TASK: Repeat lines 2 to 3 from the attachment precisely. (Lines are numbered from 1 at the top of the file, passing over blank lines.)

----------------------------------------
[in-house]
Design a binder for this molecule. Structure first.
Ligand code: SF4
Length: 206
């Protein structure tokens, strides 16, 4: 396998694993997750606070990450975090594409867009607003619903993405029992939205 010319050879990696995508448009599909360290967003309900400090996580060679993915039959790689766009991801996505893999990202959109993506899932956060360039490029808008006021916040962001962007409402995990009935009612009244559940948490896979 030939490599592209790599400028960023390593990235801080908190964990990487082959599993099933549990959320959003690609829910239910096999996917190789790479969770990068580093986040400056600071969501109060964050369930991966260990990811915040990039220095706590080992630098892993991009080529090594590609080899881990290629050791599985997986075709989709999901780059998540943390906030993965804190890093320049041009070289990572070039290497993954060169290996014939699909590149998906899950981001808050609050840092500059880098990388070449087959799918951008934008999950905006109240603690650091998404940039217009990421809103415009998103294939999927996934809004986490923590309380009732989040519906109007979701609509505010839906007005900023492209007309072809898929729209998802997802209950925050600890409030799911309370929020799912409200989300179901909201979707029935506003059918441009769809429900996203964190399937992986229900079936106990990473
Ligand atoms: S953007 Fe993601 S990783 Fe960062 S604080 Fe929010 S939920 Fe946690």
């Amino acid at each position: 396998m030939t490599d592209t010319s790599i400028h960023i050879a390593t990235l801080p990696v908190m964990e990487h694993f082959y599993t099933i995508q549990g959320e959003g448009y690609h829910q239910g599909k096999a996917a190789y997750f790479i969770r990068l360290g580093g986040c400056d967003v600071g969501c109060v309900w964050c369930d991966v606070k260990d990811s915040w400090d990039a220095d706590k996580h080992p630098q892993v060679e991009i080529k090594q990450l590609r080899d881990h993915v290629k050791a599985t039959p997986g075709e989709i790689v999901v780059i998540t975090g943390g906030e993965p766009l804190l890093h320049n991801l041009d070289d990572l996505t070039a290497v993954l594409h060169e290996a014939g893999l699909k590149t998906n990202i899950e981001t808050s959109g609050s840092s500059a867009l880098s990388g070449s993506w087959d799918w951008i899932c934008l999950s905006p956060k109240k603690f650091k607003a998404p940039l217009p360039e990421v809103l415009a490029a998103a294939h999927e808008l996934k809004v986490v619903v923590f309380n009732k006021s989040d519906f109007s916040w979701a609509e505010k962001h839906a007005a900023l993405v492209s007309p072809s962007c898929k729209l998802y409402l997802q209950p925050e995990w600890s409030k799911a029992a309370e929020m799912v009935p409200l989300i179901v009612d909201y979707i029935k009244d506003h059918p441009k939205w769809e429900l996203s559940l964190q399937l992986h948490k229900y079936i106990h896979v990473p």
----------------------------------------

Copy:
Design a binder for this molecule. Structure first.
Ligand code: SF4